Bacterial cell division: Researchers elucidate structure of a Z-ring
(Phys.org)—The latest in super-resolution microscope technology has allowed Australian researchers rewrite the book on the process of bacterial cell division, potentially opening the door to new kinds of antibiotics.
Researchers from the ithree institute at the University of Technology, Sydney have outlined a world-first discovery depicting a detailed picture of the structure of the Z-ring, the main protein that controls how a bacterial cell divides, in the latest edition of leading international biology journal PLoS Biology.
Using UTS's DeltaVision OMX with Blaze SIM Module – the first Blaze microscope in the world to be commercially installed – a team led by Professor Liz Harry has provided the first evidence that the Z-ring actually looks like "beads-on-a-string" in a dividing bacterial cell.
"Previously, researchers believed that the Z-ring was a continuous belt that looped around the cell to make it constrict as the cell split in two during division," Professor Harry said.
The research revises the model of how cell division occurs inside bacteria and could be the starting point for a new generation of antibiotics targeting the cell division process.
"Bacteria, like all organisms, need to divide in order to survive. The cell doubles in size before dividing in two, ensuring that each newborn cell gets the right number of chromosomes," Professor Harry said.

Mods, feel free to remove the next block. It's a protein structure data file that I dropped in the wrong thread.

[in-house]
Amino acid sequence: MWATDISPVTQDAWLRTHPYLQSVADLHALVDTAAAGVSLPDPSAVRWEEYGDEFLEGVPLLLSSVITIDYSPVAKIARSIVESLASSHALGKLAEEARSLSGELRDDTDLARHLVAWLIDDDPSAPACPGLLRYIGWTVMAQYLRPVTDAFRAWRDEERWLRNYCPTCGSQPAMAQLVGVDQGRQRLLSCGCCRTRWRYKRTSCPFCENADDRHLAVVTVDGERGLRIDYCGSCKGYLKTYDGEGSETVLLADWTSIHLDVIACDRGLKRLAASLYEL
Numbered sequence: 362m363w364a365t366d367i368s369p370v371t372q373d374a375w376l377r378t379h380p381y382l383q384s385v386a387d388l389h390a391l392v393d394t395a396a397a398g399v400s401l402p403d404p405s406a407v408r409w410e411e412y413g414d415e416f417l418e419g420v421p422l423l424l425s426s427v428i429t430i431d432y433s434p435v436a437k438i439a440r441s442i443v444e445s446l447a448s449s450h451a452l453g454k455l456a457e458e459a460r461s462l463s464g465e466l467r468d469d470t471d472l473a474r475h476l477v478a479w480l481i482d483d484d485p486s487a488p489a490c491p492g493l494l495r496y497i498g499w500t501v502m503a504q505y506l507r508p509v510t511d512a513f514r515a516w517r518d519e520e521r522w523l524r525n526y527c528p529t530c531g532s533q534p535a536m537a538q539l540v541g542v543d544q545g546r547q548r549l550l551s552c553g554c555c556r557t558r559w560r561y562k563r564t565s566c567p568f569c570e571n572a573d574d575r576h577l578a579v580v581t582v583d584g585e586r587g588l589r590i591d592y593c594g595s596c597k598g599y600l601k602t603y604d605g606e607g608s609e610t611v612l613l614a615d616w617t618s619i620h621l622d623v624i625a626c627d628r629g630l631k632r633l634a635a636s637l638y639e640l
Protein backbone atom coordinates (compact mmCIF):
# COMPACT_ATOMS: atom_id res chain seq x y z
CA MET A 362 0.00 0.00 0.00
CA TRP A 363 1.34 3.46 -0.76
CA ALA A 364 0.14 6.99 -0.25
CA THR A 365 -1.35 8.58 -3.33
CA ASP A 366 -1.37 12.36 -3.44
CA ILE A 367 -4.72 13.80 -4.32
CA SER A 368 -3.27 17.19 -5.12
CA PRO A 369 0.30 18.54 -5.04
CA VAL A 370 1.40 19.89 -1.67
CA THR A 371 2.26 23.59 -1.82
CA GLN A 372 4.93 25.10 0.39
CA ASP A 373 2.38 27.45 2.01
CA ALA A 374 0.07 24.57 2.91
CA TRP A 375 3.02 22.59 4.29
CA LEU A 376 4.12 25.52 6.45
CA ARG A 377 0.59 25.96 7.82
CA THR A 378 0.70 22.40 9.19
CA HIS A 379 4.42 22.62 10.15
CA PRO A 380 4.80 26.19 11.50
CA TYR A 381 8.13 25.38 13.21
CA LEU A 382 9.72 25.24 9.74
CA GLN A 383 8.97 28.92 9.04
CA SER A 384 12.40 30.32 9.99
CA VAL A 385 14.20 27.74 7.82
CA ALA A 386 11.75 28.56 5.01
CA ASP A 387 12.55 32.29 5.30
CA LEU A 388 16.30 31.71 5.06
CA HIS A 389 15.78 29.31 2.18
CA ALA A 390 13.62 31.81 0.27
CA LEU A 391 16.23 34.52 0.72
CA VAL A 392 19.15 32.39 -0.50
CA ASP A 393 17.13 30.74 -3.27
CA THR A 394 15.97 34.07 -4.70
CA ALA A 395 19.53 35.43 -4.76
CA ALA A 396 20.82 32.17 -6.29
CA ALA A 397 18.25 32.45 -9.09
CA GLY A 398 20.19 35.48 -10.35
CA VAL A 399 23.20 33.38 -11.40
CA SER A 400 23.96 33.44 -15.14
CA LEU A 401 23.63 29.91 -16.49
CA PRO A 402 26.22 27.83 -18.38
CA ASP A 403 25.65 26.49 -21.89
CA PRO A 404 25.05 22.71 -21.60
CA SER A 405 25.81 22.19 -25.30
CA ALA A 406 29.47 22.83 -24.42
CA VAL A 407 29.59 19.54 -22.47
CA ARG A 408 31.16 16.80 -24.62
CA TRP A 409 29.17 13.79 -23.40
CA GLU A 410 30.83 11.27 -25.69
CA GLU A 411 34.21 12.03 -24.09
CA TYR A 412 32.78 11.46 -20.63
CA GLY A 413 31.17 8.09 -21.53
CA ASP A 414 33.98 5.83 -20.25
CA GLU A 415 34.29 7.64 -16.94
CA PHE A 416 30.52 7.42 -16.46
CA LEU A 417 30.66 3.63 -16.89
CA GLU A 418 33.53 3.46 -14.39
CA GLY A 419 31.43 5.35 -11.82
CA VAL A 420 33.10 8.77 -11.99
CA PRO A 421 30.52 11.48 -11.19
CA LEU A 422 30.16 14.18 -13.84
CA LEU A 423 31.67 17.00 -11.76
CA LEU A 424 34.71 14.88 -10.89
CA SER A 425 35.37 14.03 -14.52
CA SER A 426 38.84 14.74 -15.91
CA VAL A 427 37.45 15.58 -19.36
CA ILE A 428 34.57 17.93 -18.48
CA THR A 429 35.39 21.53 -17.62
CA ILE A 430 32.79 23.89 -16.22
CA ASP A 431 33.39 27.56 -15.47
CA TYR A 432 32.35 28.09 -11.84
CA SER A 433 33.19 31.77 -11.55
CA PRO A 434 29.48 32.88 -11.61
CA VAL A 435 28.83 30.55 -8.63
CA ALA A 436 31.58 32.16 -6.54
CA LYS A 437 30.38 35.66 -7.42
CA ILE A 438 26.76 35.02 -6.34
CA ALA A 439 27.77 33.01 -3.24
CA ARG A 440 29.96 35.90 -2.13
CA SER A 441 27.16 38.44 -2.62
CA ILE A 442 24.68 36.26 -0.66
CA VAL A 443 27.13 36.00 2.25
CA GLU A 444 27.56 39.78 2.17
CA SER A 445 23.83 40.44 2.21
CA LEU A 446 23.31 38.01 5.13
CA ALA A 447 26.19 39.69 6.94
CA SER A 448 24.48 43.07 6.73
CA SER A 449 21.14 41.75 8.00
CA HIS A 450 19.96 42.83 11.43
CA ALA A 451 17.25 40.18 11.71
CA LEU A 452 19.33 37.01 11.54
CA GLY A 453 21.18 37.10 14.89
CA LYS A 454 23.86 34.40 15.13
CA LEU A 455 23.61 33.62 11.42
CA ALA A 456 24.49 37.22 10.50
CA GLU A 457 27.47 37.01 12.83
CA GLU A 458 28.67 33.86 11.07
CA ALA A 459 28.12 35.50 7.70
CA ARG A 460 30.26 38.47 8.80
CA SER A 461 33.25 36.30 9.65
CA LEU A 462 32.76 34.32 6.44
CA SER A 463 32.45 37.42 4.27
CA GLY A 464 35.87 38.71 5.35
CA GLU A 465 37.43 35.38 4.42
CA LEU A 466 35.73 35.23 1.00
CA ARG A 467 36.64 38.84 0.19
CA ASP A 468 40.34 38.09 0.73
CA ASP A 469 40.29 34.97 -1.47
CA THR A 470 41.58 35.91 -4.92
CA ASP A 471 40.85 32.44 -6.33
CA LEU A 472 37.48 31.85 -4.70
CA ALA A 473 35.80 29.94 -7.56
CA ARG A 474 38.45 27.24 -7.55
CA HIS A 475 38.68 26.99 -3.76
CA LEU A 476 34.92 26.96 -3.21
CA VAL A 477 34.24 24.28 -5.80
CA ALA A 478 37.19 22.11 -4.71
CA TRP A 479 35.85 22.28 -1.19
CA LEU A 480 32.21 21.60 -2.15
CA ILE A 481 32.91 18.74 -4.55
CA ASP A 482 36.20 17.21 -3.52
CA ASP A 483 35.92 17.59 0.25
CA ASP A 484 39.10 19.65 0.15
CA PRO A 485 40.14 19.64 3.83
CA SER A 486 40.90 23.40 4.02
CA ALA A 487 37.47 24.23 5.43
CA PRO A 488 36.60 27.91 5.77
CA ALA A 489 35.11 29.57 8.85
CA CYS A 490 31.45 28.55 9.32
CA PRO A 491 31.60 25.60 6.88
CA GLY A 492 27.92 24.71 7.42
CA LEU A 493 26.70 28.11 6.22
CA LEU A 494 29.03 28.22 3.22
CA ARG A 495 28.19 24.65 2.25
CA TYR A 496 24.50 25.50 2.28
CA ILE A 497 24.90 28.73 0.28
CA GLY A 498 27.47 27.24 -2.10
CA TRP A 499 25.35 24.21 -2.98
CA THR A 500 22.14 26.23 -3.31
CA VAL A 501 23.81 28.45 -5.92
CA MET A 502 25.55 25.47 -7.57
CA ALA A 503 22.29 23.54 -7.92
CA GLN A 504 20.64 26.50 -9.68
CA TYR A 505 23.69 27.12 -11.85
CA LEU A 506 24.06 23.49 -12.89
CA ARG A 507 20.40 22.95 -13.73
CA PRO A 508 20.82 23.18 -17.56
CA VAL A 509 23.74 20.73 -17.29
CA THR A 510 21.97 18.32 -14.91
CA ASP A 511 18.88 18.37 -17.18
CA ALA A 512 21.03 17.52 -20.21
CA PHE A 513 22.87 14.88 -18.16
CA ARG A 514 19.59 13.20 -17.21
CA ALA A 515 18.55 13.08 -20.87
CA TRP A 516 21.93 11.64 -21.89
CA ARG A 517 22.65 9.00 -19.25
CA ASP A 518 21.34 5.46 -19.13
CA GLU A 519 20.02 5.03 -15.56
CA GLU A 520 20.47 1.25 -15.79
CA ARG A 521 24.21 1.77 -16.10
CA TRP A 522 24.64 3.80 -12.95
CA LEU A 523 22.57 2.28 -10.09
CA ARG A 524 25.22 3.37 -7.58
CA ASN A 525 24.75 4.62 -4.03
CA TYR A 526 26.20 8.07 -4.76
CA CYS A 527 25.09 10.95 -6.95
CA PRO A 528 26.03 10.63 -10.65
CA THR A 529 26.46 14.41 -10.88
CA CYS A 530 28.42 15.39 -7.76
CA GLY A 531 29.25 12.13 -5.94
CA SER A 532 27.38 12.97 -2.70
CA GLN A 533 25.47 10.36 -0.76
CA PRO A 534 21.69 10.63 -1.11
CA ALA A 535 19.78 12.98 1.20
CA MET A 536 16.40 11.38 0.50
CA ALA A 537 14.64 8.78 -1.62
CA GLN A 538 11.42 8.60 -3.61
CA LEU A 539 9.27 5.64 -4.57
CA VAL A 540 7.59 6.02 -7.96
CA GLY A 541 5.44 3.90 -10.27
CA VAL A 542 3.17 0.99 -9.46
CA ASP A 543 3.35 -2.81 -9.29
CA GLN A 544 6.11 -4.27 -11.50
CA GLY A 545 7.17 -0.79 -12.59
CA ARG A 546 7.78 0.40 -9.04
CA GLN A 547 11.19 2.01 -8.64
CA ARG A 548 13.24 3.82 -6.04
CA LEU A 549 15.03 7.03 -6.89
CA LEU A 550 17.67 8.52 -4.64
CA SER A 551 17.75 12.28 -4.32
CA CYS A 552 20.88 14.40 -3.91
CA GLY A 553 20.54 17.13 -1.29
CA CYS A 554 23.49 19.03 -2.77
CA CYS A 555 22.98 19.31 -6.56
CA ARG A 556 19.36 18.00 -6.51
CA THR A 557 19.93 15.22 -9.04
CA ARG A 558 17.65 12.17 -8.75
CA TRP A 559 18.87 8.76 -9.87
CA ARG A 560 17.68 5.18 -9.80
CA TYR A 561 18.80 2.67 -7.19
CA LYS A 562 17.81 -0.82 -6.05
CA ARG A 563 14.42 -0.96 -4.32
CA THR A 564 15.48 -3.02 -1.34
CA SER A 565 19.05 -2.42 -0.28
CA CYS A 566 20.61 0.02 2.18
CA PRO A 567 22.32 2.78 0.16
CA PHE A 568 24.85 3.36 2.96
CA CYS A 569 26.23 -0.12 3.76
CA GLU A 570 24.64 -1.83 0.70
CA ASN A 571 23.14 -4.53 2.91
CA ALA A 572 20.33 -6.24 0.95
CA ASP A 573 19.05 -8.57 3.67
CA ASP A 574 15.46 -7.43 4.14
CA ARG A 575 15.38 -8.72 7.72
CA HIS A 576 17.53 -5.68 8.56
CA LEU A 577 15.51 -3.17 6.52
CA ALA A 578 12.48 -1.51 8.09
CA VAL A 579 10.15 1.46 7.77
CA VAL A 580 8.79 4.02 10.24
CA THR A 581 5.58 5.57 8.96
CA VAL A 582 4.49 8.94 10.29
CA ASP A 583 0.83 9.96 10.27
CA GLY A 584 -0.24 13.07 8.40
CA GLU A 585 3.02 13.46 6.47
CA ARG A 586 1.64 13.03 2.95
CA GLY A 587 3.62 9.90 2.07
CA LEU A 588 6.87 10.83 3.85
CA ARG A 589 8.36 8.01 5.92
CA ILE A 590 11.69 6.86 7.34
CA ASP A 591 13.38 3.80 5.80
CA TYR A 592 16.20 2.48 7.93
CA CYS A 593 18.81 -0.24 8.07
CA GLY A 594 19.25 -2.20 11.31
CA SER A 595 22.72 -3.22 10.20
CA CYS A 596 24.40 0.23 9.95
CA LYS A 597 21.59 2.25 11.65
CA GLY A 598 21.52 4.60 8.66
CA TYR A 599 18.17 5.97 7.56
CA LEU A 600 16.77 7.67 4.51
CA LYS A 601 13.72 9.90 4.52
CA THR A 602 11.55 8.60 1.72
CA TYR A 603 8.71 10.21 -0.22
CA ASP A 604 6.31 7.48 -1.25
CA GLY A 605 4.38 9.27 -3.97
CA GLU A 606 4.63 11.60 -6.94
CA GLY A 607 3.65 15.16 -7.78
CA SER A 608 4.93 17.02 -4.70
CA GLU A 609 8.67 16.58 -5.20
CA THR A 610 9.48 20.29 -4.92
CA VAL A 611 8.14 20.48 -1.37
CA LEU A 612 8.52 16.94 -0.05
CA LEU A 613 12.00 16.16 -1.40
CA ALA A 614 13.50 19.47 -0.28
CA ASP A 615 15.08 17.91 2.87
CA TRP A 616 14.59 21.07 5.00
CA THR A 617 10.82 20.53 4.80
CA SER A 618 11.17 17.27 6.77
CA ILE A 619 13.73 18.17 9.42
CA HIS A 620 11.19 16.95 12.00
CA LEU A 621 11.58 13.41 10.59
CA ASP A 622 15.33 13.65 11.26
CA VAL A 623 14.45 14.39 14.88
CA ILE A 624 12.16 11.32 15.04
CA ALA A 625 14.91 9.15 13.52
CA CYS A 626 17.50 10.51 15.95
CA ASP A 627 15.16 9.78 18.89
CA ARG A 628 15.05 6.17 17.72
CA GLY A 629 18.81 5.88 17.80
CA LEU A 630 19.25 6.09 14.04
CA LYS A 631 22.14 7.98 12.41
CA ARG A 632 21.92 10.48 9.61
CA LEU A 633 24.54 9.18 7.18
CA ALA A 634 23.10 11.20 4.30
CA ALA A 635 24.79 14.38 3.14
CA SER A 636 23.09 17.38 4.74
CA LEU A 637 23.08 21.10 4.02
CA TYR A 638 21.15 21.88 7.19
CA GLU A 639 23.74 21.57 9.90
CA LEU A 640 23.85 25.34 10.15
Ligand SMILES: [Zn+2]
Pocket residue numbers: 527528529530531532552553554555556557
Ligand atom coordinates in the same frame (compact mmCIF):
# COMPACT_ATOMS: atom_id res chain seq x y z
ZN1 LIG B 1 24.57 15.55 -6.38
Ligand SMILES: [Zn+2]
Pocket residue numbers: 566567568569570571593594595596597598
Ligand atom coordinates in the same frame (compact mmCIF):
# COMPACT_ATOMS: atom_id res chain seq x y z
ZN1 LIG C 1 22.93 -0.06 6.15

"With the original version of the OMX microscope, we could look at the bacteria and get more detail about the Z-ring and its structure, but because the images took a little while to capture, we had to do it on cells that didn't move – we had to kill them to get them to stay still.
"With the OMX Blaze technology we can speed up the rate of image capture as well as exposing the cells to a much lower amount of energy. This means being able to capture three-dimensional images of live cells without causing damage to them.
"It turns out that the Z-ring is a very dynamic beads-on-a-string structure, changing shape constantly as a cell divides. We also found that other proteins that are involved in the process of cell division follow the same pattern."
As antibiotic resistance becomes an increasing issue in modern-day health care, new antibiotic targets are essential for finding solutions that will treat infections found in hospitals and the wider community.
"Cell division is a process that has not been targeted by antibiotics to date – and so there are a range of possibilities in how antibiotics could be developed to kill bacteria by inhibiting cell division," Professor Harry said.
"The use of OMX Blaze has opened up a whole new world of possibilities for biology research, starting with what we have discovered here."
Paul Goodwin, director of advanced applications at GE Healthcare, the inventors and manufacturers of the Blaze technology, said, "We have worked closely with Professor Harry's team, and it's exciting and gratifying to see how quickly they have been able to make truly unique observations that will help progress the vital search for novel antibiotics."
Director of the ithree institute Professor Ian Charles said, "This ground-breaking research demonstrates how the investment in world class facilities here in NSW can help us push back our understanding in basic science and at the same time pave a way for application of that science to new medical discoveries.
"We desperately need to find new ways to combat infectious diseases with the rise of resistant superbugs, and I am confident that this research will make a contribution to that urgent quest."